Monday, January 26, 2009

It's not 1982, it's not 1929. We need not fear fear, we need fear fearlessness.

As expected, opposition to aggressive action on the economy is building. One meme is "1982 was worse"; the implication is that since we survived 1982 without aggressive government action that we don't need to do anything differently this time.

This drives Krugman batty, since he repeatedly points out that you can't make interest rates subzero. Still, the 1982ers keep singing the "la-la" song.

Today, writing for Britannica, Jon Talton goes into more detail on how 2008 is not 1982 (emphases mine) ...

Today's Recession Is Different From Those of the 1980s - Jon Talton - Britannica Blog

... Yet having lived through the 1980-82 recession(s) as an adult, it’s also important that we understand how today’s economic disruption is different and dangerous. It’s not all in our heads, as some critics of the media might have it..

1. China was barely a blip on the world economy in 1982. .. China and America are locked in an unsustainable and reckless “debt-for-stuff” relationship. Were it to deflate suddenly, it could make the popping of the housing bubble look small by comparison. In addition, China has become the world’s factory .. Now unrest is growing and could prove destabilizing.

2. Peak oil. The United States was only a few years past its peak in oil production in 1982, and world production remained ahead of demand... World peak is happening or near and the nations of this petroleum-addicted world are far from making the necessary adjustments to make the transition to a future of much more expensive energy. This is another recipe not only for economic disruption but also for geopolitical conflict.

3. Global warming. In 1982, it was a rarefied theory. Now it’s a clear and present danger... It will impose huge economic and social costs in the decades ahead. Also, more than 2 billion people have been added to the world population since 1982, severely stressing the planet’s carrying capacity.

4. The housing bubble. The housing crash of 1982 was part of a broad, cyclical downturn, made worse by the 1979 oil shock and the Federal Reserve’s war on inflation. Today’s housing crash is the result of a speculative bubble the size of which has few precedents. It will take years for this sector to come back and, for a variety of factors, the old suburban sprawl model is dying or dead. So it’s pointless to hope for a return to the 2005 go-go era. The housing crash this time has made Americans poorer, decapitated several major job sectors and helped bring on…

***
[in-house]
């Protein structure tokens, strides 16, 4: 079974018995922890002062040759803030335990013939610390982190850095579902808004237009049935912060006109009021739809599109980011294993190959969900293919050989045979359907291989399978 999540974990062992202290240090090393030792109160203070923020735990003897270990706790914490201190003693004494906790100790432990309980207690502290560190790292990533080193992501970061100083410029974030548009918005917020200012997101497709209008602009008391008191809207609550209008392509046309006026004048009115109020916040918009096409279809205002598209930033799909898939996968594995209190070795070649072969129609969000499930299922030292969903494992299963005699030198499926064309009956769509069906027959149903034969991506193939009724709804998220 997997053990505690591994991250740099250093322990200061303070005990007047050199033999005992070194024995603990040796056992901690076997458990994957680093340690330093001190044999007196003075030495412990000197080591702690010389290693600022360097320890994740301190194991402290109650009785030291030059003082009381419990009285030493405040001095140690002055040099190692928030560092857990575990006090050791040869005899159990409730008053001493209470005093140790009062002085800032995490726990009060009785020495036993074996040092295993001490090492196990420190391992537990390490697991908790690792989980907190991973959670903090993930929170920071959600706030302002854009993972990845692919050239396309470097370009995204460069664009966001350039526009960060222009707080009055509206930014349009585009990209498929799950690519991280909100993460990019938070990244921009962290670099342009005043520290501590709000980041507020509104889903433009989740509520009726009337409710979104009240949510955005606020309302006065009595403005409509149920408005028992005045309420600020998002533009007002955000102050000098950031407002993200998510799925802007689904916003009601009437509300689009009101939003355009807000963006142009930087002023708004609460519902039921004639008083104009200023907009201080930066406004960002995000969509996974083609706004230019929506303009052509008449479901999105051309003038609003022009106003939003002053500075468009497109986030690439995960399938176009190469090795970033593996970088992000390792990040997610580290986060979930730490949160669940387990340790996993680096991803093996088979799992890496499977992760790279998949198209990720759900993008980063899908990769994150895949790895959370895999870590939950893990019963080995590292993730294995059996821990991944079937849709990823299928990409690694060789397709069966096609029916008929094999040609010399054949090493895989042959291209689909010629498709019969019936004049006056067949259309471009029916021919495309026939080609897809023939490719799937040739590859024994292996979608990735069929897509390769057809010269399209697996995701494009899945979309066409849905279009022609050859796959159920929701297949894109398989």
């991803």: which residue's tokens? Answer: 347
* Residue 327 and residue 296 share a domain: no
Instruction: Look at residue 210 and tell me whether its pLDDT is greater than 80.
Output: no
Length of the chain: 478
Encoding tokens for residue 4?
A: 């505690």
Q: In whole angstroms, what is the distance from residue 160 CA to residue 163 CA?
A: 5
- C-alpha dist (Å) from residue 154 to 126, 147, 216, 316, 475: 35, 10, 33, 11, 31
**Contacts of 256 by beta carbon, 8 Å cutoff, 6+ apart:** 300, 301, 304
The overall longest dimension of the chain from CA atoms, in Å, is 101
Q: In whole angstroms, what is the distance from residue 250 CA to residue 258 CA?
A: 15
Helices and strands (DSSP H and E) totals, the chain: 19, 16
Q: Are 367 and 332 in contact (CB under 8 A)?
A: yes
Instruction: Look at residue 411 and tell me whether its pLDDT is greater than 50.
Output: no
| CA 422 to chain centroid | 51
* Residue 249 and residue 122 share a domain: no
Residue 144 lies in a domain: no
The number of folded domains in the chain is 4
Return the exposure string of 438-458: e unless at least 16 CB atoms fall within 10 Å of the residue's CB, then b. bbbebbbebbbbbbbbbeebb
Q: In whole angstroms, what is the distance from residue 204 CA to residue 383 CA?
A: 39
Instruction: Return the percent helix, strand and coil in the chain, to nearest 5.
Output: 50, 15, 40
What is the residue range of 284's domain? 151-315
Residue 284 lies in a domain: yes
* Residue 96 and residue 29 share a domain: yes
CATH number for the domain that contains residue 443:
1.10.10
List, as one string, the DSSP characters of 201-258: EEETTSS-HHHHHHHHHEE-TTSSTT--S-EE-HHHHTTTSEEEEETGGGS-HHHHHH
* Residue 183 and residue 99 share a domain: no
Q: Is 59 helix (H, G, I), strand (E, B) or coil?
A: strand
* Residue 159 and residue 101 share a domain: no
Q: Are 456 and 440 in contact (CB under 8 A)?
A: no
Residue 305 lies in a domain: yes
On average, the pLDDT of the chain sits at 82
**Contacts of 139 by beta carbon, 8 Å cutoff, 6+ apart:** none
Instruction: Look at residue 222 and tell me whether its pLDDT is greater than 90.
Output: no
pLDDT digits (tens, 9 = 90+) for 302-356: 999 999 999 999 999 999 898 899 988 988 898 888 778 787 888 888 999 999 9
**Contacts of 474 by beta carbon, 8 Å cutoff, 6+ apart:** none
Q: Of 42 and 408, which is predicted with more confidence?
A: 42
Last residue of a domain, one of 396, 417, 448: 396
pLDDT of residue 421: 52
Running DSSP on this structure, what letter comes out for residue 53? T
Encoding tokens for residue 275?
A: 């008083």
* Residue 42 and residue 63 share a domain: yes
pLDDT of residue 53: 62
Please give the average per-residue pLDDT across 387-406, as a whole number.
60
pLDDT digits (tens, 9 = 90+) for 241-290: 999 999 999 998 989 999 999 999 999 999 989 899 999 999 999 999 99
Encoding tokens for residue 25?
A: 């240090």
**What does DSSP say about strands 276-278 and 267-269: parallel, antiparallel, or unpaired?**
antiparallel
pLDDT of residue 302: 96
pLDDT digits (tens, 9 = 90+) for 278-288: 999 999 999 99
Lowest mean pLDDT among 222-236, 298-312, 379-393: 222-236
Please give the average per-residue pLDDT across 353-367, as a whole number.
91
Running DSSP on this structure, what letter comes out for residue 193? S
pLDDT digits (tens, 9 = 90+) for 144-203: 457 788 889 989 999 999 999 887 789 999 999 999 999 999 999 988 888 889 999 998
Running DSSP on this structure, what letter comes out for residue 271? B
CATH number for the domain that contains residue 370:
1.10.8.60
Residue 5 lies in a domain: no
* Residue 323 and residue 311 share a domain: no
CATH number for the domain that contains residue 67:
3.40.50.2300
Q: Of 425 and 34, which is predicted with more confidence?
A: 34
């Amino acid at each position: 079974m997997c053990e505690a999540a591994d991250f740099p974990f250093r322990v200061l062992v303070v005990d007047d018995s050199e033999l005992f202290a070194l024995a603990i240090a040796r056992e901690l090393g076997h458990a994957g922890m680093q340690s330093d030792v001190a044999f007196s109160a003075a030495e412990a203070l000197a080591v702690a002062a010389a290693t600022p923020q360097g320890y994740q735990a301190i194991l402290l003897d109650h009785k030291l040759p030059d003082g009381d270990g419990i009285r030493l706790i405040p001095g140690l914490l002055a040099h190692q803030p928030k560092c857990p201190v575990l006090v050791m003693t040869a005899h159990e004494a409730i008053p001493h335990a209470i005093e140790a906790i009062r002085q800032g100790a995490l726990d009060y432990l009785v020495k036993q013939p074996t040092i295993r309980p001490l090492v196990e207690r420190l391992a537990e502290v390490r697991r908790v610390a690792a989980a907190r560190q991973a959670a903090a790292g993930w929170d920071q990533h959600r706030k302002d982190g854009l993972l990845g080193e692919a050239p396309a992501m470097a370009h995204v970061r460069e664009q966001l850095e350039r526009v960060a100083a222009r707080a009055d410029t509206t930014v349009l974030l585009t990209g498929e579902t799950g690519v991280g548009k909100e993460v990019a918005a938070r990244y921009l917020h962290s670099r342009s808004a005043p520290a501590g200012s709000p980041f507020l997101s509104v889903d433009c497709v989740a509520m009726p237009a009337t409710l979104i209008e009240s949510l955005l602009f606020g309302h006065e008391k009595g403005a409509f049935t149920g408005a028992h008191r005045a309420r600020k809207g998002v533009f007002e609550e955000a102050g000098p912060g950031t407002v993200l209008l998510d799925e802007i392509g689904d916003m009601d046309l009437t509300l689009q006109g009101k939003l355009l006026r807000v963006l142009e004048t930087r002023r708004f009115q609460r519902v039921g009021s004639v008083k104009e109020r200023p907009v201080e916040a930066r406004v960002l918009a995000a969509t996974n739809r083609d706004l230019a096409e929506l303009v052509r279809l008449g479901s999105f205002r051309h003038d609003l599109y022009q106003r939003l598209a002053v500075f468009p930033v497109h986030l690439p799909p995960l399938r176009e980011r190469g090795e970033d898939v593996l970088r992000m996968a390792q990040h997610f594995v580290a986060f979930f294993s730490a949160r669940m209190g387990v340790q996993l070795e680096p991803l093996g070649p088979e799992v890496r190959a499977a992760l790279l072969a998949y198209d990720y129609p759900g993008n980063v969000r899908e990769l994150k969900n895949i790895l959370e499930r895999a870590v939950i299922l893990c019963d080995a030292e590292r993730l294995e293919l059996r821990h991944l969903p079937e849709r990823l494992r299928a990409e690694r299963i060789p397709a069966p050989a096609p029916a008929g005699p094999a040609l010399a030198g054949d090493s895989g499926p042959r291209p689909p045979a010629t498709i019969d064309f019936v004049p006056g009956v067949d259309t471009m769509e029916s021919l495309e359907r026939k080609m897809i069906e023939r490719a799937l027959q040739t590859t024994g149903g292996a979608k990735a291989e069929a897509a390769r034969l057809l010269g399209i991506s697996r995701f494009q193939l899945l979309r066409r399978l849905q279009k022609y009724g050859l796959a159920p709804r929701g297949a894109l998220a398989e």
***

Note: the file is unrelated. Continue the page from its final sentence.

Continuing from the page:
5. The banking crisis. Nearly every recession has an accompanying banking crisis. It could be contained in 1982 for several reasons, especially better regulation and smaller banks. ..Today’s banking system is a highly concentrated creature whose innards have metabolized far beyond traditional banking...

7. Human capital. Americans have seen their earnings stagnate for years — their only consolation the housing bubble which has now exploded. Their 401(k) nest eggs have lost as much as half their pre-crash value. Income inequality is at a high not seen since the eve of the Depression, stifling, among other things, economic mobility. Perhaps a million or more illegal immigrants are consigned to the shadow economy, kept out of mainstream advancement and creating a costly underclass. In 1982, the middle class was still strong, with relatively secure jobs, benefits and pensions. The health insurance system still worked. It was a very different country, whatever the temporary pain. In addition, today the skill gap has grown substantially. A tech-savvy “creative class,” as Richard Florida calls it, will create value in the future. Yet millions are left out, without the ladder up once provided by skilled, union, blue-collar jobs...

He missed a few key items and his monetary policy explanation skirted the fundamental zero-problem, but it's a good list.

The 80s were bad, but we know how to fix that class of problem. We don't know how to fix this problem.

The problem with a need for aggressive action is that there's a lot of political appeal to sitting calmly while the "chickens" run about squawking. Sometimes that's (only in retrospect) the right thing to do -- I was very concerned about SARS, but it (somewhat mysteriously) went away. My SARS experience made me a bit more cautious about the 2004 Avian Influenza report.

Sometimes it doesn't work. A lot of people were complacent about pre-WW II Japan, or the economic situation of 1929, or strength of the Maginot line, or the expansionary power of early euro-americans, or, for that matter, CO2 levels.

This time we don't need to fear "fear itself". We need to fear complacency.

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